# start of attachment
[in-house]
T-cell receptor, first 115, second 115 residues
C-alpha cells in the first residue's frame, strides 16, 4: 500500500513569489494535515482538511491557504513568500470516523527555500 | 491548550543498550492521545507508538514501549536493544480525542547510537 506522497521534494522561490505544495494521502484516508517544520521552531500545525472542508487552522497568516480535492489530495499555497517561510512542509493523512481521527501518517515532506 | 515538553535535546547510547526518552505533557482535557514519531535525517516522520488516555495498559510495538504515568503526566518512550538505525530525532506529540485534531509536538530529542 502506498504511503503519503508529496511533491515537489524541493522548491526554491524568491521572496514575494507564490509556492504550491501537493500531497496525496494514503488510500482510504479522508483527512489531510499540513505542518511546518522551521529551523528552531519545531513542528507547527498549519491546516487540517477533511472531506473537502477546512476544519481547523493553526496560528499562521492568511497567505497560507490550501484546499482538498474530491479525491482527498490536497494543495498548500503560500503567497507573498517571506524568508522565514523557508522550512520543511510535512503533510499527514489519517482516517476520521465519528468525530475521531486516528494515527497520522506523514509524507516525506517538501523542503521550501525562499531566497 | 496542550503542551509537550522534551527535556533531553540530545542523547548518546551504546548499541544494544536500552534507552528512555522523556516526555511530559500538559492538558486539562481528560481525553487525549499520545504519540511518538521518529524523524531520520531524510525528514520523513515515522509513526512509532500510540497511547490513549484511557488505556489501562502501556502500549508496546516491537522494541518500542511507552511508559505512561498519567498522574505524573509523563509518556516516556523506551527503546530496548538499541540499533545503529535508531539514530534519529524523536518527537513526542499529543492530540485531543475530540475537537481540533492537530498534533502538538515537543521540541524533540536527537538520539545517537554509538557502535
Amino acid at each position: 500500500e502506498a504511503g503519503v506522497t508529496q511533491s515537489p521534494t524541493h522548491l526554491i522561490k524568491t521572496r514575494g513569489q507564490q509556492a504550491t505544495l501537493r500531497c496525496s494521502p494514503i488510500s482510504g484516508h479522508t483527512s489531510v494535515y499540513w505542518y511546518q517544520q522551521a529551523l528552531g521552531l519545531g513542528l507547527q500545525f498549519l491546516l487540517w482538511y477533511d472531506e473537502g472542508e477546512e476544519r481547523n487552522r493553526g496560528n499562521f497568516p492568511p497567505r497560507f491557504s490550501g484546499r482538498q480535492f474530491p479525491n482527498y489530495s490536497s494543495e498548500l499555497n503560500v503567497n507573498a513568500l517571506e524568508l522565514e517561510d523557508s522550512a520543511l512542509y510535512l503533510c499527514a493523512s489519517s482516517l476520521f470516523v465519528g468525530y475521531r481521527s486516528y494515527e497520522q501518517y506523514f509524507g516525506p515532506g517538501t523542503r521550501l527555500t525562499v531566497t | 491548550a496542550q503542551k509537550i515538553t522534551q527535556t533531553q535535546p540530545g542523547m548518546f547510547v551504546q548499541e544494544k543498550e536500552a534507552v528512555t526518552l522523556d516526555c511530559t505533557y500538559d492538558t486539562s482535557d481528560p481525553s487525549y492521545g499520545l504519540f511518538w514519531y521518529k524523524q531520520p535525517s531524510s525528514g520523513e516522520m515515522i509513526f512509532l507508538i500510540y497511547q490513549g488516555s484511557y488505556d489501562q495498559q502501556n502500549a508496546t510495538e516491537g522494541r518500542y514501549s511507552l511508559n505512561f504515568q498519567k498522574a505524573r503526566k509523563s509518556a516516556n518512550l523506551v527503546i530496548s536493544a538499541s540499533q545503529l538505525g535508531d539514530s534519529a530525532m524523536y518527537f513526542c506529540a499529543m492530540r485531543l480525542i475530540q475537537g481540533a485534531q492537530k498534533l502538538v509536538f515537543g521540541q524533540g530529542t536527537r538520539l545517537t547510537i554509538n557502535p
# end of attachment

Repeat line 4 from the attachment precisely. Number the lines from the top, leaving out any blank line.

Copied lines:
Amino acid at each position: 500500500e502506498a504511503g503519503v506522497t508529496q511533491s515537489p521534494t524541493h522548491l526554491i522561490k524568491t521572496r514575494g513569489q507564490q509556492a504550491t505544495l501537493r500531497c496525496s494521502p494514503i488510500s482510504g484516508h479522508t483527512s489531510v494535515y499540513w505542518y511546518q517544520q522551521a529551523l528552531g521552531l519545531g513542528l507547527q500545525f498549519l491546516l487540517w482538511y477533511d472531506e473537502g472542508e477546512e476544519r481547523n487552522r493553526g496560528n499562521f497568516p492568511p497567505r497560507f491557504s490550501g484546499r482538498q480535492f474530491p479525491n482527498y489530495s490536497s494543495e498548500l499555497n503560500v503567497n507573498a513568500l517571506e524568508l522565514e517561510d523557508s522550512a520543511l512542509y510535512l503533510c499527514a493523512s489519517s482516517l476520521f470516523v465519528g468525530y475521531r481521527s486516528y494515527e497520522q501518517y506523514f509524507g516525506p515532506g517538501t523542503r521550501l527555500t525562499v531566497t | 491548550a496542550q503542551k509537550i515538553t522534551q527535556t533531553q535535546p540530545g542523547m548518546f547510547v551504546q548499541e544494544k543498550e536500552a534507552v528512555t526518552l522523556d516526555c511530559t505533557y500538559d492538558t486539562s482535557d481528560p481525553s487525549y492521545g499520545l504519540f511518538w514519531y521518529k524523524q531520520p535525517s531524510s525528514g520523513e516522520m515515522i509513526f512509532l507508538i500510540y497511547q490513549g488516555s484511557y488505556d489501562q495498559q502501556n502500549a508496546t510495538e516491537g522494541r518500542y514501549s511507552l511508559n505512561f504515568q498519567k498522574a505524573r503526566k509523563s509518556a516516556n518512550l523506551v527503546i530496548s536493544a538499541s540499533q545503529l538505525g535508531d539514530s534519529a530525532m524523536y518527537f513526542c506529540a499529543m492530540r485531543l480525542i475530540q475537537g481540533a485534531q492537530k498534533l502538538v509536538f515537543g521540541q524533540g530529542t536527537r538520539l545517537t547510537i554509538n557502535p